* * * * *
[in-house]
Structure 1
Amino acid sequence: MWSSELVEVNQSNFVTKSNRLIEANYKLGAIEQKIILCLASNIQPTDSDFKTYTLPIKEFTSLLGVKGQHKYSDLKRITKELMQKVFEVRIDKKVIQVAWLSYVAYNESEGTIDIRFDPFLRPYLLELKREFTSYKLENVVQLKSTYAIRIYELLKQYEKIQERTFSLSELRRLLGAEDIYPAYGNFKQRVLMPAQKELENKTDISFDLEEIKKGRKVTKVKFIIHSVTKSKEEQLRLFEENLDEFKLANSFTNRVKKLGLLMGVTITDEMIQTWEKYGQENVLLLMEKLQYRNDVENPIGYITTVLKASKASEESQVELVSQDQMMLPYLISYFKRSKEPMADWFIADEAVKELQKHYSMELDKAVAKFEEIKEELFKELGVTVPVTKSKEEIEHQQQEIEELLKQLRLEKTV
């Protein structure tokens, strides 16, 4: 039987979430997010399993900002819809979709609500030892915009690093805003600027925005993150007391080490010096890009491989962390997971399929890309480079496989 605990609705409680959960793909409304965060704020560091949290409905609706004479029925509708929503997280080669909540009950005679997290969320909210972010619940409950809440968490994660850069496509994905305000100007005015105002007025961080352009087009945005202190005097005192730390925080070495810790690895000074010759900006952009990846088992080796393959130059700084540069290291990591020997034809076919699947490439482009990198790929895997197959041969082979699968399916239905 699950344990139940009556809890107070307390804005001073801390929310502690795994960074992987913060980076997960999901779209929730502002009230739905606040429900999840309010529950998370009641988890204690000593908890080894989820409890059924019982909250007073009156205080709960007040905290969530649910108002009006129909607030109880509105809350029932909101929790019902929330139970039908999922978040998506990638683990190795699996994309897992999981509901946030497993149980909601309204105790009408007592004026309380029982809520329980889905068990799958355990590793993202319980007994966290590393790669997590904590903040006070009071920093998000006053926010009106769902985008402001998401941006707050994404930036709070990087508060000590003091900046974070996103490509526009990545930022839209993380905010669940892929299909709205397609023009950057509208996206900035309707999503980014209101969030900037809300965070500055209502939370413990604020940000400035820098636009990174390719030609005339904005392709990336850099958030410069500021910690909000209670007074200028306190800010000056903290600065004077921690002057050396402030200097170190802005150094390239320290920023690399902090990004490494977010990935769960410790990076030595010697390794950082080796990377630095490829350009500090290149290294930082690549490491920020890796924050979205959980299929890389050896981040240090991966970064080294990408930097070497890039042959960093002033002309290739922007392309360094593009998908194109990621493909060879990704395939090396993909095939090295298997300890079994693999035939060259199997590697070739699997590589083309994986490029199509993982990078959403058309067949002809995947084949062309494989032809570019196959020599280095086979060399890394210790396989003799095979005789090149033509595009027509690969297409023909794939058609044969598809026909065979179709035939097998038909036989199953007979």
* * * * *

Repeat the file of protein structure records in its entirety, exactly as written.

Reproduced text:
[in-house]
Structure 1
Amino acid sequence: MWSSELVEVNQSNFVTKSNRLIEANYKLGAIEQKIILCLASNIQPTDSDFKTYTLPIKEFTSLLGVKGQHKYSDLKRITKELMQKVFEVRIDKKVIQVAWLSYVAYNESEGTIDIRFDPFLRPYLLELKREFTSYKLENVVQLKSTYAIRIYELLKQYEKIQERTFSLSELRRLLGAEDIYPAYGNFKQRVLMPAQKELENKTDISFDLEEIKKGRKVTKVKFIIHSVTKSKEEQLRLFEENLDEFKLANSFTNRVKKLGLLMGVTITDEMIQTWEKYGQENVLLLMEKLQYRNDVENPIGYITTVLKASKASEESQVELVSQDQMMLPYLISYFKRSKEPMADWFIADEAVKELQKHYSMELDKAVAKFEEIKEELFKELGVTVPVTKSKEEIEHQQQEIEELLKQLRLEKTV
């Protein structure tokens, strides 16, 4: 039987979430997010399993900002819809979709609500030892915009690093805003600027925005993150007391080490010096890009491989962390997971399929890309480079496989 605990609705409680959960793909409304965060704020560091949290409905609706004479029925509708929503997280080669909540009950005679997290969320909210972010619940409950809440968490994660850069496509994905305000100007005015105002007025961080352009087009945005202190005097005192730390925080070495810790690895000074010759900006952009990846088992080796393959130059700084540069290291990591020997034809076919699947490439482009990198790929895997197959041969082979699968399916239905 699950344990139940009556809890107070307390804005001073801390929310502690795994960074992987913060980076997960999901779209929730502002009230739905606040429900999840309010529950998370009641988890204690000593908890080894989820409890059924019982909250007073009156205080709960007040905290969530649910108002009006129909607030109880509105809350029932909101929790019902929330139970039908999922978040998506990638683990190795699996994309897992999981509901946030497993149980909601309204105790009408007592004026309380029982809520329980889905068990799958355990590793993202319980007994966290590393790669997590904590903040006070009071920093998000006053926010009106769902985008402001998401941006707050994404930036709070990087508060000590003091900046974070996103490509526009990545930022839209993380905010669940892929299909709205397609023009950057509208996206900035309707999503980014209101969030900037809300965070500055209502939370413990604020940000400035820098636009990174390719030609005339904005392709990336850099958030410069500021910690909000209670007074200028306190800010000056903290600065004077921690002057050396402030200097170190802005150094390239320290920023690399902090990004490494977010990935769960410790990076030595010697390794950082080796990377630095490829350009500090290149290294930082690549490491920020890796924050979205959980299929890389050896981040240090991966970064080294990408930097070497890039042959960093002033002309290739922007392309360094593009998908194109990621493909060879990704395939090396993909095939090295298997300890079994693999035939060259199997590697070739699997590589083309994986490029199509993982990078959403058309067949002809995947084949062309494989032809570019196959020599280095086979060399890394210790396989003799095979005789090149033509595009027509690969297409023909794939058609044969598809026909065979179709035939097998038909036989199953007979």